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Evolution of Chromatophores

Discussion of everything related to the Theory of Evolution.

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Evolution of Chromatophores

Postby Gloone » Wed Jan 19, 2011 6:07 pm

Can somebody explain how they evolved (chromatophores allow animals such as chameleons to change skin colour)?

Has much research been done on this?

What are some plausible ways this could evolve by natural selection?

Thanks! :)
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Postby Darby » Wed Jan 19, 2011 11:36 pm

I only know about cephalopods, but the mechanism of the chromatophores is basically one of manipulating vesicle size, location, and distribution - it isn't something that would evolve in many many lines, but as an mutational variant - first simple shades, then patterns, then finer control from the nervous systems - it doesn't seem unexplainable. I don't think anyone had really looked at the systems from an evolutionary-development slant, though.
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Postby vk4vfx » Sat Jan 29, 2011 12:37 am

That's a really good question Gloone, cephalopods is biolumination a chemical process i don't know to much about it really but it has always fascinated me.

All i understand is with chromatophores they are single cells that contain pigments which are controlled by signals sent by the reptiles brain and there are billions of them they can switch on or off and change to various parts of the body.

As with the evolution of this process through natural selection all i can think of once again are the basics where we have a group of reptiles and like any evolutionary adaptation it has taken millions of years to evolve so early crude variations of chromatophores kicked off maybe only being able to change to one color those that did not inherit the gene of being able too died off those that did flourished.

As time went by that may of changed to being able to change to two or three different colors as the chromatophores evolved and become more advanced those (if any left) that could only produce a single color died off as a likely scenario would be say the organism needing to change from a dark green to say a brown which plays an important role in their survival with the environment they are livin in, those that could only produce say a yellow vanished as it was nowhere near any of the colors in the environment it was living in at the time.

And of course as time went by the chromatophores are highly efficient modern day not only being able to change to solid colors but also many variations of that color probably becoming to an evolutionary dead end as i don't think chromatophores could get any better, as they say ya cant improve on the already perfect!!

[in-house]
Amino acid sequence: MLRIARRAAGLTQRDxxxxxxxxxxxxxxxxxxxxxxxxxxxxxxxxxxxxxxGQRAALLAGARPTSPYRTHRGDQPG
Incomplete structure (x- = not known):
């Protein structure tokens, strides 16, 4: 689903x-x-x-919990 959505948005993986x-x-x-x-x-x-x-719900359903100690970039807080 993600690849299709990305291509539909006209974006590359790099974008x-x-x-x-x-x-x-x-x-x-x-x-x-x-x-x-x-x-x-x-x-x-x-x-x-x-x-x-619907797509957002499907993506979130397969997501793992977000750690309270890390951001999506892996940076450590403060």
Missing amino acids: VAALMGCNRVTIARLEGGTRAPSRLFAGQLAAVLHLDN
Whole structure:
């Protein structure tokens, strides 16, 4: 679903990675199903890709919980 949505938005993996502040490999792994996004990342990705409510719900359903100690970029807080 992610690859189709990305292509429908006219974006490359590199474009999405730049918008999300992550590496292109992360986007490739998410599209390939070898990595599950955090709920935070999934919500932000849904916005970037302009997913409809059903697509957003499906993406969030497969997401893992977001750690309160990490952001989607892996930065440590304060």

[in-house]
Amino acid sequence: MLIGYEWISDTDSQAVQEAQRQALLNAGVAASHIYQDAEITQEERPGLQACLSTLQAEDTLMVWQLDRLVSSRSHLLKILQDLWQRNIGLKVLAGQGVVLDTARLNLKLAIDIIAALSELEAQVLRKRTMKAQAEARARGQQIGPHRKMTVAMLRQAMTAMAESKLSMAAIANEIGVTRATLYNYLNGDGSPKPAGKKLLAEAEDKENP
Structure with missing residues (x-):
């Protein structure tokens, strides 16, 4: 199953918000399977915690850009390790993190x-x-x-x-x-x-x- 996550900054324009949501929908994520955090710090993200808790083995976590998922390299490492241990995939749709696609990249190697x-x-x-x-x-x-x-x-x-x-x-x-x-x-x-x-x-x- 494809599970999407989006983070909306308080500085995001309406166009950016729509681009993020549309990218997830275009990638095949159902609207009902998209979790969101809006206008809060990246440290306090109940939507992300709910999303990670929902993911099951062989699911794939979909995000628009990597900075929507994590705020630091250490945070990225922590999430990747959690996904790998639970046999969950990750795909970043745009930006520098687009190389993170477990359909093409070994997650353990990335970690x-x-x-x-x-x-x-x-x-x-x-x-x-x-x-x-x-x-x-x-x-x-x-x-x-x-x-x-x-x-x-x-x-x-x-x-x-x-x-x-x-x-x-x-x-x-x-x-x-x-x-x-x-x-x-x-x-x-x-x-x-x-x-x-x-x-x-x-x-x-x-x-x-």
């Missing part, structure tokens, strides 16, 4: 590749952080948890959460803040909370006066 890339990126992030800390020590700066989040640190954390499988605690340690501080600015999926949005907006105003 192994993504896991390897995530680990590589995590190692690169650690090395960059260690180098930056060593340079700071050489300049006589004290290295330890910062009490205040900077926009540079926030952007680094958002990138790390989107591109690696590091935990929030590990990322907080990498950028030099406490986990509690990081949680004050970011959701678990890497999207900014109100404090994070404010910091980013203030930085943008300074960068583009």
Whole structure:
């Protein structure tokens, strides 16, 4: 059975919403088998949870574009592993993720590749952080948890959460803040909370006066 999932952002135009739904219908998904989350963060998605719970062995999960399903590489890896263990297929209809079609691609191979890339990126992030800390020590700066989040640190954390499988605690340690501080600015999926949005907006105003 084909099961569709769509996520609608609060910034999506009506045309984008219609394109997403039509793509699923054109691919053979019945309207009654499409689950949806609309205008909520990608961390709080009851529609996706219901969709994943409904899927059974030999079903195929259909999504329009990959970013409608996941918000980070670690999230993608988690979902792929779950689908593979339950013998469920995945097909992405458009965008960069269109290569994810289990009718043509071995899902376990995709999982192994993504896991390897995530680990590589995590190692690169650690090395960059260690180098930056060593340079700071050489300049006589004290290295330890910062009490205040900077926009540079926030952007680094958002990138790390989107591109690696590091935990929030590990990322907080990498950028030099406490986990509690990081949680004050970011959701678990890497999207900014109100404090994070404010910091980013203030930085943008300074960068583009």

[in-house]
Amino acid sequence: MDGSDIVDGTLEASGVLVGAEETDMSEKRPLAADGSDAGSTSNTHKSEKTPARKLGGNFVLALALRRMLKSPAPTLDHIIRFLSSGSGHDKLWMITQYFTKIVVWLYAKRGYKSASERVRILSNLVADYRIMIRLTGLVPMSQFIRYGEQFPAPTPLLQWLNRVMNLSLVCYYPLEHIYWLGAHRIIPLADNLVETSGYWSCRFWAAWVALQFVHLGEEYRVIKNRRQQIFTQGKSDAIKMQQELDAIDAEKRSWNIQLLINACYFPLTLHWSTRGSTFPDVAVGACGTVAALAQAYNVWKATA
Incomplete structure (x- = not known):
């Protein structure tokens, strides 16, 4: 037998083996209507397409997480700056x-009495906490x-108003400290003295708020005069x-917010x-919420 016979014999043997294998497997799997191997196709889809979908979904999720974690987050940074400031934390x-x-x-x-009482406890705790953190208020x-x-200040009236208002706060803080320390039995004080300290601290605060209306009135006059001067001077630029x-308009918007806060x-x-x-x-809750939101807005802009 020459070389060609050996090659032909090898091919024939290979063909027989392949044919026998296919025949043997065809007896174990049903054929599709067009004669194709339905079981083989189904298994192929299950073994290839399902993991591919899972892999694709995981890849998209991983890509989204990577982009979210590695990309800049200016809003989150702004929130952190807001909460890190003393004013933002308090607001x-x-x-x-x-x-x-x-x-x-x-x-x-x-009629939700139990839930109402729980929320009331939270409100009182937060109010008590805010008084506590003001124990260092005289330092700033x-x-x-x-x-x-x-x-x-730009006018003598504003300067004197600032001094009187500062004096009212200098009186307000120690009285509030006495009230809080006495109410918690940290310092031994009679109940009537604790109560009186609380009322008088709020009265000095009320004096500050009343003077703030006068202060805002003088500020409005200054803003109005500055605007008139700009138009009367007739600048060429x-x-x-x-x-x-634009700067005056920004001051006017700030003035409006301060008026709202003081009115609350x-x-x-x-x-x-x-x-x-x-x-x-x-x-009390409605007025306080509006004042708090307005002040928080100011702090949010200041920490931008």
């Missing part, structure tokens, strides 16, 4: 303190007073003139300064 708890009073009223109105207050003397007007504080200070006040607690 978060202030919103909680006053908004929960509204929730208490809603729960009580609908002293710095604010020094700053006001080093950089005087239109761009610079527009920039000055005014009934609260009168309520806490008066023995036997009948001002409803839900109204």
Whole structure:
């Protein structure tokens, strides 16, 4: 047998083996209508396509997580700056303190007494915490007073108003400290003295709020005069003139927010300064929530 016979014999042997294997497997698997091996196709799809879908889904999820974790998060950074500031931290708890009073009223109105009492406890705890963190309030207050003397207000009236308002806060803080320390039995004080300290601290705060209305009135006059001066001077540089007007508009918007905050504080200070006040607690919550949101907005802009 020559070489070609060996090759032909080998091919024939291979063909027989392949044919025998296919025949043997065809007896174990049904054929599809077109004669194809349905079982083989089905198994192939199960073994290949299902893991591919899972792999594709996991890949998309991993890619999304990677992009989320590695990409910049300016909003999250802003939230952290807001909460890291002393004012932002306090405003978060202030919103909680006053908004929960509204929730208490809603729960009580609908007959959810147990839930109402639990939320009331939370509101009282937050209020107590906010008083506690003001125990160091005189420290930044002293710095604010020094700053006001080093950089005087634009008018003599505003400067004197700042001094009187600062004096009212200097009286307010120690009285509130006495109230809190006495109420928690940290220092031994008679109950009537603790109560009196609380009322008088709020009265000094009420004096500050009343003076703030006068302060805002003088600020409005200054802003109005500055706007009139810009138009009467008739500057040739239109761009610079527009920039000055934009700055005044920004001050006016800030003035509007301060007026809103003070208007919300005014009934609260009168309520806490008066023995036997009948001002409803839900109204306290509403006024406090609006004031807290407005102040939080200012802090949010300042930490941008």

Anyway hopefully that lot above is of some help i am hopeless at explaining things.
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Re: Evolution of Chromatophores

Postby Rap » Mon Jan 31, 2011 4:28 am

Its also possible that the chromatophores evolved from some primitive proto-chromatophore that had nothing to do with camoflage. To varying degrees, humans have melanin which darkens on exposure to the sun to prevent UV damage. On the downside, melanin can interfere with vitamin D production which needs UV. I have no idea whether chameleons produce their own vitamin D, but maybe they needed to respond more quickly to intense sun and shade, and these cells eventually came to be used for camoflage purposes.
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Re: Evolution of Chromatophores

Postby vk4vfx » Mon Jan 31, 2011 11:52 pm

Rap wrote:Its also possible that the chromatophores evolved from some primitive proto-chromatophore that had nothing to do with camoflage. To varying degrees, humans have melanin which darkens on exposure to the sun to prevent UV damage. On the downside, melanin can interfere with vitamin D production which needs UV. I have no idea whether chameleons produce their own vitamin D, but maybe they needed to respond more quickly to intense sun and shade, and these cells eventually came to be used for camoflage purposes.


Yes very good point.
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